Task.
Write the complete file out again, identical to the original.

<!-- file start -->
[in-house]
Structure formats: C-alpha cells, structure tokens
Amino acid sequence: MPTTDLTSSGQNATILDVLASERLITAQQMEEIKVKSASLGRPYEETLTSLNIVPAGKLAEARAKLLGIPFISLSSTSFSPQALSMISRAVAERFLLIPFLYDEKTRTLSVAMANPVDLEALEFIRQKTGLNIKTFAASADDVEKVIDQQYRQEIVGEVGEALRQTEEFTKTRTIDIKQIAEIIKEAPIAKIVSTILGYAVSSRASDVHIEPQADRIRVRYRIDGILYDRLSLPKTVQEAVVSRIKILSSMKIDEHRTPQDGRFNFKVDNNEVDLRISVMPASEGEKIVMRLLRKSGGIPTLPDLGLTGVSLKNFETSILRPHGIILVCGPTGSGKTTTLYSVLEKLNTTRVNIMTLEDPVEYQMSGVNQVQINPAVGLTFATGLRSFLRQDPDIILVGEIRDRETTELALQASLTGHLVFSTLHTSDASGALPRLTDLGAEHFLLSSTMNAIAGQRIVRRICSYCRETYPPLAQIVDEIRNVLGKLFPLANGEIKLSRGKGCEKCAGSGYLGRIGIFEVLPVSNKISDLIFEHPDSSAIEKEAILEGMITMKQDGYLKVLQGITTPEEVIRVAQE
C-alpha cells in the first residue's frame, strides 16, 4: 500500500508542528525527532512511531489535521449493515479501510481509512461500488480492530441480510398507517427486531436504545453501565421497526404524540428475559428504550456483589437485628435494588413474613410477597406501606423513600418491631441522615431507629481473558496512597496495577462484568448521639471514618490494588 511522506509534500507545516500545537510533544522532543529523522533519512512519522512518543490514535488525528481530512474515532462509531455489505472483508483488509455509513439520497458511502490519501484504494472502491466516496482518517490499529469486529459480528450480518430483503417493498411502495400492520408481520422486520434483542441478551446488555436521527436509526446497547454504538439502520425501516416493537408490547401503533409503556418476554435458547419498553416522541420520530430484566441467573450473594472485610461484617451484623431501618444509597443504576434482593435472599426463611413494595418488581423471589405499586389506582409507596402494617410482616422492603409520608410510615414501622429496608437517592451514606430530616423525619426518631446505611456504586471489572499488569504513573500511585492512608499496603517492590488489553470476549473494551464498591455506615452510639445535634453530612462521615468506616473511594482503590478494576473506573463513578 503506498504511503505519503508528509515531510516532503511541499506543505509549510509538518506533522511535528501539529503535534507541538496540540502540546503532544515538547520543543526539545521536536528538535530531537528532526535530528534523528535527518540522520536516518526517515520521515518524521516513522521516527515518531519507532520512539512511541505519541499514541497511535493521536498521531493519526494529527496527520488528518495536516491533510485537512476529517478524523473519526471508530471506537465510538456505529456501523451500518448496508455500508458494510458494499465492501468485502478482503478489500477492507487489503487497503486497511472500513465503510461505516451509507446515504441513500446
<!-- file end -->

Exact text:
[in-house]
Structure formats: C-alpha cells, structure tokens
Amino acid sequence: MPTTDLTSSGQNATILDVLASERLITAQQMEEIKVKSASLGRPYEETLTSLNIVPAGKLAEARAKLLGIPFISLSSTSFSPQALSMISRAVAERFLLIPFLYDEKTRTLSVAMANPVDLEALEFIRQKTGLNIKTFAASADDVEKVIDQQYRQEIVGEVGEALRQTEEFTKTRTIDIKQIAEIIKEAPIAKIVSTILGYAVSSRASDVHIEPQADRIRVRYRIDGILYDRLSLPKTVQEAVVSRIKILSSMKIDEHRTPQDGRFNFKVDNNEVDLRISVMPASEGEKIVMRLLRKSGGIPTLPDLGLTGVSLKNFETSILRPHGIILVCGPTGSGKTTTLYSVLEKLNTTRVNIMTLEDPVEYQMSGVNQVQINPAVGLTFATGLRSFLRQDPDIILVGEIRDRETTELALQASLTGHLVFSTLHTSDASGALPRLTDLGAEHFLLSSTMNAIAGQRIVRRICSYCRETYPPLAQIVDEIRNVLGKLFPLANGEIKLSRGKGCEKCAGSGYLGRIGIFEVLPVSNKISDLIFEHPDSSAIEKEAILEGMITMKQDGYLKVLQGITTPEEVIRVAQE
C-alpha cells in the first residue's frame, strides 16, 4: 500500500508542528525527532512511531489535521449493515479501510481509512461500488480492530441480510398507517427486531436504545453501565421497526404524540428475559428504550456483589437485628435494588413474613410477597406501606423513600418491631441522615431507629481473558496512597496495577462484568448521639471514618490494588 511522506509534500507545516500545537510533544522532543529523522533519512512519522512518543490514535488525528481530512474515532462509531455489505472483508483488509455509513439520497458511502490519501484504494472502491466516496482518517490499529469486529459480528450480518430483503417493498411502495400492520408481520422486520434483542441478551446488555436521527436509526446497547454504538439502520425501516416493537408490547401503533409503556418476554435458547419498553416522541420520530430484566441467573450473594472485610461484617451484623431501618444509597443504576434482593435472599426463611413494595418488581423471589405499586389506582409507596402494617410482616422492603409520608410510615414501622429496608437517592451514606430530616423525619426518631446505611456504586471489572499488569504513573500511585492512608499496603517492590488489553470476549473494551464498591455506615452510639445535634453530612462521615468506616473511594482503590478494576473506573463513578 503506498504511503505519503508528509515531510516532503511541499506543505509549510509538518506533522511535528501539529503535534507541538496540540502540546503532544515538547520543543526539545521536536528538535530531537528532526535530528534523528535527518540522520536516518526517515520521515518524521516513522521516527515518531519507532520512539512511541505519541499514541497511535493521536498521531493519526494529527496527520488528518495536516491533510485537512476529517478524523473519526471508530471506537465510538456505529456501523451500518448496508455500508458494510458494499465492501468485502478482503478489500477492507487489503487497503486497511472500513465503510461505516451509507446515504441513500446